Dysautonomia, which includes POTS and NCS, has at its core problems with the vagus nerve originating in the brain. I have read articles about restoring and strengthening the vagus nerve and would like to try to do that. My goal is to do biofeedback with the EmWave system (used at the POTS Treatment Center in Dallas) for 20 minutes, at least 5 days each week. Experts recommend choosing a consistent time; I would like to do this at 9 a.m. most days.
For 100 days, I plan to avoid certain foods to minimize inflammation and to address some recently diagnosed digestive issues. I am even going to give up coffee. I don’t drink coffee often and unfortunately have to stick with decaf due to side effects, but I do enjoy it. However, I am highly suspicious of it as it seems to increase nausea. Since I can’t seem to resist it (I love to try and retry favorite foods and drinks, hoping maybe THIS time, they won’t bother me), I am going to give it up for 100 days.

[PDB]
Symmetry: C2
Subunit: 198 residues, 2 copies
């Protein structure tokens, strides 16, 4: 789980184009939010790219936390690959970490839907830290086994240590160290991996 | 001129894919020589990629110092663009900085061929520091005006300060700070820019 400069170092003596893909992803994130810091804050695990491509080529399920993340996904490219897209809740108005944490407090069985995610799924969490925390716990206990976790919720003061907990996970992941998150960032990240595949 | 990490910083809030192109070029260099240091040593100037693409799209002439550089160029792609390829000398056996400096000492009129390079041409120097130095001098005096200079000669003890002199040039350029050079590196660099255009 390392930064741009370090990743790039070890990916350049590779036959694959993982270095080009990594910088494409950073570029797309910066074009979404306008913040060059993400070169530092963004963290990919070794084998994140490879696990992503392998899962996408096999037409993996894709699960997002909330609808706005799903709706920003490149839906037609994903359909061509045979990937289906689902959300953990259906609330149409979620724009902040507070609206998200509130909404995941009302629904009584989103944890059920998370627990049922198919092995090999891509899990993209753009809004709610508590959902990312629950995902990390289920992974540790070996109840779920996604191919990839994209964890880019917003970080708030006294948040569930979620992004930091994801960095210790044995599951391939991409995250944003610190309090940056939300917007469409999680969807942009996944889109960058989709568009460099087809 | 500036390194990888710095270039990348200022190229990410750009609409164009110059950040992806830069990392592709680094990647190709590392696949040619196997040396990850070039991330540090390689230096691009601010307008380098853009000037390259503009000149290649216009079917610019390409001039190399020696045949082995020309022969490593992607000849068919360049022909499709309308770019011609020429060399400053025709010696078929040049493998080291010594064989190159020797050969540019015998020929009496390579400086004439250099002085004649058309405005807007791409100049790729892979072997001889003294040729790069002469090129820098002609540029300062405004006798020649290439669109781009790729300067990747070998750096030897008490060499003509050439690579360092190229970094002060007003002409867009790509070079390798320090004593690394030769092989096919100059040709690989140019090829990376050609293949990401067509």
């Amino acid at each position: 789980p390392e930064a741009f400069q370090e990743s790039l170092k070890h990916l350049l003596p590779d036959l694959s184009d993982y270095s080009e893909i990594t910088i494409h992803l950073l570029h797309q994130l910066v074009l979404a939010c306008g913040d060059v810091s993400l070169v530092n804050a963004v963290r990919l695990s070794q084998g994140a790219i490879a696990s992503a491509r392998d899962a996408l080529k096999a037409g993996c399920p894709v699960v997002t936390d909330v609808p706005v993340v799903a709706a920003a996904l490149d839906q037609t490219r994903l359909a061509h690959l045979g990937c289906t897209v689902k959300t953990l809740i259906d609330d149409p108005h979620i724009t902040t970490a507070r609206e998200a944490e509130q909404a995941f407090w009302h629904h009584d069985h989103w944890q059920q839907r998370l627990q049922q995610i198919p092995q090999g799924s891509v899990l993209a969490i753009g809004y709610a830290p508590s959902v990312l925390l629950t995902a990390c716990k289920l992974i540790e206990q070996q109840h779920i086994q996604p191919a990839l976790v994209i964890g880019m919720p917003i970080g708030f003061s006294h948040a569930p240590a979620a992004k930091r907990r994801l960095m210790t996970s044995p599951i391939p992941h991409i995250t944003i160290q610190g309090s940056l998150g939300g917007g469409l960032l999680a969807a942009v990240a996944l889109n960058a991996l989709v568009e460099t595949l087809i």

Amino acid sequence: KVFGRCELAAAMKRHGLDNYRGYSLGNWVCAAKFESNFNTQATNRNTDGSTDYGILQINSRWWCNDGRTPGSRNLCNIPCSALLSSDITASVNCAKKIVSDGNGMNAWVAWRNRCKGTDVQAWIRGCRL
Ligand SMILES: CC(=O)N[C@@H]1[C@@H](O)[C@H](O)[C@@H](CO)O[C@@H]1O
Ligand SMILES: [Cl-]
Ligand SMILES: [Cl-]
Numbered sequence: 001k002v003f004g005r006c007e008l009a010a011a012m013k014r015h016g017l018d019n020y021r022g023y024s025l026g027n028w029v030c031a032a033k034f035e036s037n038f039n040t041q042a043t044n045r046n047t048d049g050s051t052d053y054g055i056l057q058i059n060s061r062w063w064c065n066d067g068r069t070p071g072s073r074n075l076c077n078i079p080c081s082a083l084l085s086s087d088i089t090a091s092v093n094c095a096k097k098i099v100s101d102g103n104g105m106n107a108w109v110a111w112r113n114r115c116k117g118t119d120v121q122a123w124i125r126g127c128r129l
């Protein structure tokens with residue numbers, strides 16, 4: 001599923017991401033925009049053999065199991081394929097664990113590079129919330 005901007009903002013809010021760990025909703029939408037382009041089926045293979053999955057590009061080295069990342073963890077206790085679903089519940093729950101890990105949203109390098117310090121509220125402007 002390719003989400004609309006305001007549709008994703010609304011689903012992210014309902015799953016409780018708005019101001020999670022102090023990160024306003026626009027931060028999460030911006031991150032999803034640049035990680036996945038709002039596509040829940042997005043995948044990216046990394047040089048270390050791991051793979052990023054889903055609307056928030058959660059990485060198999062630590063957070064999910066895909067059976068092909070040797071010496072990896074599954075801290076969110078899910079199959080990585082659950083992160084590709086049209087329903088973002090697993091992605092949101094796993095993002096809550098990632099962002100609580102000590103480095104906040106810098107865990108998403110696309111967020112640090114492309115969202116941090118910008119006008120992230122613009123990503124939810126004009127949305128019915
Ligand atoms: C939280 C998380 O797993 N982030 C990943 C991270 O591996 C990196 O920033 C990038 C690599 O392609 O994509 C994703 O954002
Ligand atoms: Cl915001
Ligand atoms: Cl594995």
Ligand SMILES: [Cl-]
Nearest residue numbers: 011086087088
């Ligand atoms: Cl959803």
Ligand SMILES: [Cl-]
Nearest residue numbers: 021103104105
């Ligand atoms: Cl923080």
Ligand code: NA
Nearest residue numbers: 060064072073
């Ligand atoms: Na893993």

What else? I don’t know of specifics at this point but am looking forward to a quieter fall. I’m nervous about missing out on a few things, but I trust that God will help me. Pray that I will “seek first the kingdom of God and His righteousness” and that I will “seek the Lord while He may be found [and] call upon Him while He is near” (Matthew 6, Isaiah 55). Let me know, and I’d love to pray the same for you!
Have you ever gone through a self-set challenge? Have you had a favorite one or an extra hard one?
Well, no sooner do I write about getting better, than I get knocked off my feet. Saturday and Sunday, I experienced powerful presyncope that left me in bed most of both days. (I don’t know why this happened, but POTS is unpredictable.) I am on the couch today, very faint but cozy at home, thankful for friends and a husband who cook, throw in laundry, bring the kids home from school.